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Windows 7: backup space


16 May 2012   #1

XP windows Professional
 
 
backup space

if i backup my OS (C:drive)which is approx. 120GB. does that mean each time that i backup my OS it will take up another 120GB, and keep on eating all my HD space when i backup , help thank you


My System SpecsSystem Spec
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16 May 2012   #2

Windows 7 Ultimate x64, XP Mode, W8.1 Preview VM - 7 Pro x64 second remote tower
 
 

If you are going to be using the backup feature in 7 to create a full system image backup to be stored on another drive each new backup will automatically overwrite to replace the previous. That's how that works.

Now for keeping more then one image a simple change in the folder name of the first by adding the date like 5-15 into the General tab on the properties screen will prevent the first from being overwritten by the 2nd! Doing the same for the second image backup generally prevents the 3rd and likewise any other backup from replacing a previous one.

Then you would be in need of a large capacity drive to maintain multiple image backups and a lot depends on how large each one is as well. As a rule however each image will see a degree of compression into the archive for seeing less on drive space used. Even with a 120 near full you may see about 85-90gb in size for the image itself.
My System SpecsSystem Spec
16 May 2012   #3

XP windows Professional
 
 

i was going to get 2 500GB drives, one for games, pictures , music, and then one for documents and backups. but now i'm not sure, can u recommed i get bigger drives like 2 one TB drives just to be on the safe side, space wise (not including the OS c:drive SSD 120GB)? thanks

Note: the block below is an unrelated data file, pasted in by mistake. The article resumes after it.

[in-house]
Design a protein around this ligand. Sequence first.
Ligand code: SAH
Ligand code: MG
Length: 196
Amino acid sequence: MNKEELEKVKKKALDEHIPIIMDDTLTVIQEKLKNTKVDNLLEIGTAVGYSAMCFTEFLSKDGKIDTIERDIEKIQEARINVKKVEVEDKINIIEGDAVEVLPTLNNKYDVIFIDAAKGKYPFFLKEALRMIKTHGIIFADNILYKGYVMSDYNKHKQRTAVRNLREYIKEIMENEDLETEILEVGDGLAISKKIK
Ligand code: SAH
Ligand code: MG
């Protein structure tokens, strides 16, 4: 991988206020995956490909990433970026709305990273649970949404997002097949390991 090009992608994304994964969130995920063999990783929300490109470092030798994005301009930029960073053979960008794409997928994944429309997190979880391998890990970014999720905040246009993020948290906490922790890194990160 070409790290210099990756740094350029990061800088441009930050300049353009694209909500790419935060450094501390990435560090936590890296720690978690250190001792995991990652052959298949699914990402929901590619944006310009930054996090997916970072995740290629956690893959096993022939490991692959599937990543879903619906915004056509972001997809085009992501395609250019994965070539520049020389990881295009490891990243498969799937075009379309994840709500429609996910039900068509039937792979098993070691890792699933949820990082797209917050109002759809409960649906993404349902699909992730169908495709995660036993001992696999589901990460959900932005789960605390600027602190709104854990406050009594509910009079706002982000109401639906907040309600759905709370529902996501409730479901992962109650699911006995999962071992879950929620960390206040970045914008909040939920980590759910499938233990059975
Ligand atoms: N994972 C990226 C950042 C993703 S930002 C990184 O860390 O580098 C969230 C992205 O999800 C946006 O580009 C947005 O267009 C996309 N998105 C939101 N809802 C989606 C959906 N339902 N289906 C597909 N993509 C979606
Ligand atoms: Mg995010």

My System SpecsSystem Spec
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17 May 2012   #4

Windows 7 Ultimate x64, XP Mode, W8.1 Preview VM - 7 Pro x64 second remote tower
 
 

Caoacity wise not including other files you also decide to store on an extra drive a 1tb drive will handle a bit more as far as having more then one image backup stored from a 120gb main drive since the image couldn't grow any larger then 120gb to start with. You could have 3 or 4 images stored and still have room for other files and folders.

Here the last image came in at 497gb where I was able to reduce the last down to 415gb plus one 6gb VM I will keep on a 1tb backup drive. I am waiting to decided on going with another 2tb, 2.5tb, or 3tb drive for backing the first storage drive along with a few images due to them being from a 1tb host drive.

A pair of 500gb images, backing up another 1tb drive, and still about 900gb leftover would work here. Since any backup or full image isn't stored locally on the main host/OS drive you wouldn't have to worry about drive space there being used up while your secondary one or more drives would be where the planning would be to allow room as well as the quality of the new drive as well.

Rather then turning the second OS drive here around to use as an additional backup drive I reserved that for testing as well as having an extra OS drive onhand in case the main fails when going to plan out this build. But that was also an extra expense. There you have to go by your own needs when planning things out.

Another thing to look at is whether you are planning to install a new internally or use it in an external enclosure. Access times are generally a little slower by usb and any scheduled or non scheduled backup or creation of full system image backups will tend to take far longer!

Try just over 3hrs. when going to create a full image from a laptop's 120gb HD to store on a drive in a usb enclosure! When created and storing a full image of the host drive a 1tb with an image size of 500gb it only took 35min.! to see that on one of the internal drives used for backup.You would likely see about 20min. from the 120gb you have there.
My System SpecsSystem Spec
17 May 2012   #5

Windows 7 Ultimate x64
 
 

Quote   Quote: Originally Posted by soulfood View Post
i was going to get 2 500GB drives, one for games, pictures , music, and then one for documents and backups. but now i'm not sure, can u recommed i get bigger drives like 2 one TB drives just to be on the safe side, space wise (not including the OS c:drive SSD 120GB)? thanks